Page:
We moved to the Oregon Coast recently. It’s pretty awesome. One of the effects of the move; however, is that my children will be starting new schools. They both were going to have to start new schools anyway, but here they have a choice of which school they want to attend. My youngest decided right away. My oldest is still thinking about it with the start of the next school year only a few weeks away.
She’s in what people call a “paralysis of analysis.” She fears so much of making the wrong choice that she simply can’t make a choice at all. I feel badly for her, because I’ve experienced the same feeling. Have you? Maybe you’ve been burned in the past or feel overwhelmed by too much information. Perhaps you had no information at all or had very little experience in the area. Either way, you feel stuck. No matter which one you go with you ask yourself, “but what if the other choice is really the better way to go?”
It’s hard to get past that point, but it is possible. You just need to have a few proper decision-making tools in place.
Start by analyzing the situation.
Gather all of the information you have and begin to synthesize it. Ponder the reason for the situation. Who is pushing you to decide? What is their stake in the decision? Who else will the choice impact? Who will benefit and who will end up disappointed? Once you consider the motivations of everyone involved – including yourself – then you will be better prepared to handle the decision.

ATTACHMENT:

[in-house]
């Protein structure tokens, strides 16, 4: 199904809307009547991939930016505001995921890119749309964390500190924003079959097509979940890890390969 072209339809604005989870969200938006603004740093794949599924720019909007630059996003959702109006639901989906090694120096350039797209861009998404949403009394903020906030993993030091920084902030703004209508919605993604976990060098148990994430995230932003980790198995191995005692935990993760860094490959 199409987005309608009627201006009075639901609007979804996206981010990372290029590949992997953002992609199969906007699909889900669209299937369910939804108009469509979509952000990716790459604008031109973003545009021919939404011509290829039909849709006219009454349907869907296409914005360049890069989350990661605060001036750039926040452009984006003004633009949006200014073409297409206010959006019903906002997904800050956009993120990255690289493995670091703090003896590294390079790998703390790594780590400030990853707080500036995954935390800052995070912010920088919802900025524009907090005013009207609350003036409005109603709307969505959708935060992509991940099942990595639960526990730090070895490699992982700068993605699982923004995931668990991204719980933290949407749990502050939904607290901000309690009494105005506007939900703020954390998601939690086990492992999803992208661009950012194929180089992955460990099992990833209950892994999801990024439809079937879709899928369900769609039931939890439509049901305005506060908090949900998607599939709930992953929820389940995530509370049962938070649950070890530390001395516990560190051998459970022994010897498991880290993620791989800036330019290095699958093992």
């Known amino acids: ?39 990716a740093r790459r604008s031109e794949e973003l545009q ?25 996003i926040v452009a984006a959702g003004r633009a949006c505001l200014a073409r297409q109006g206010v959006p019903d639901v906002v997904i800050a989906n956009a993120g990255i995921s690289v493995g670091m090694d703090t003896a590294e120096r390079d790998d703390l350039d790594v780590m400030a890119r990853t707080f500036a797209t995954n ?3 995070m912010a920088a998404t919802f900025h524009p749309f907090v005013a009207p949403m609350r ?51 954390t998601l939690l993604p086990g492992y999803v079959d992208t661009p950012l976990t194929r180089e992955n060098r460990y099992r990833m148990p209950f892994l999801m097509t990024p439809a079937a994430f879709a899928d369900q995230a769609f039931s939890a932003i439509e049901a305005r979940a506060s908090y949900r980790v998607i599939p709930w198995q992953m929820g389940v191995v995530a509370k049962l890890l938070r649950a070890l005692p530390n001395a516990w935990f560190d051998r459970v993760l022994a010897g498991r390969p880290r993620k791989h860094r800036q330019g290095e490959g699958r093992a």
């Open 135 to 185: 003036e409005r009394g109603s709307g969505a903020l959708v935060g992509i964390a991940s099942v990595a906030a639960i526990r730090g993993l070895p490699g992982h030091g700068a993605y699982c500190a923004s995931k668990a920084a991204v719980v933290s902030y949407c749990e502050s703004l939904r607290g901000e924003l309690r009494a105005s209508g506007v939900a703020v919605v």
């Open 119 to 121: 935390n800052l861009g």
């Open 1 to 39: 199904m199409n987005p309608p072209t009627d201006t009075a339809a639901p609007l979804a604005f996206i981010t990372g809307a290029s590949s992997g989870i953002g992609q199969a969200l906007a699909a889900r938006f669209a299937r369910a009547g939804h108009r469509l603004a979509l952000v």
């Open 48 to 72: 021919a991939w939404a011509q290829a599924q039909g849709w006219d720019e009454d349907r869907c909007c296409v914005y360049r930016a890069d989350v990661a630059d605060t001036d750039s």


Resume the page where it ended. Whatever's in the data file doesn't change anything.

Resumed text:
Listen to your heart.
Facing difficult decisions can put some serious knots in your stomach. When that happens, stay consistent with your values and do what you feel is right. You won’t ever feel badly about doing the right thing, but you might regret it if you compromise your ideals and beliefs for questionable gain.
Weigh the good with the bad.
Take out a sheet of paper and draw a line down the middle. On one side, write down all of the advantages of taking a certain action. On the other side, jot down all of the disadvantages. If the pros outweigh the cons then go for it. If way more cons show up on the list, then perhaps you should reconsider.
Determine how much risk you are willing to take.
What are the consequences of each plan of action? What are the consequences of taking no action? Think in terms of worst-case scenario. Is the possibility of this happening worth the risk of going forward? If the chances are minimal and the benefits are good, then go for it.
Set a time limit and bite the bullet.
Sometimes you just have to quit the agony of combing through every possible scenario and decide. Accept the fact that there are no perfect outcomes. No matter what you choose, you will encounter both positive and negative effects from your decision. Focus on the positive and seek to mitigate the negative. Make choices that put you in the best position to carry out another positive, proactive decision. Avoid the trap of having to make reactive responses. Decisions tend to be a lot easier when you take control.
I don’t know what my daughter will ultimately decide, but I’m sure she will go through all of these steps in picking her new school. She’s very thorough and has some experience with this process when she picked her middle school. Strong leaders must learn how to make tough decisions, so this will be good practice for her.
You keep practicing, too, and soon you’ll take your decision-making skills to a whole new level.
Live life Unbound!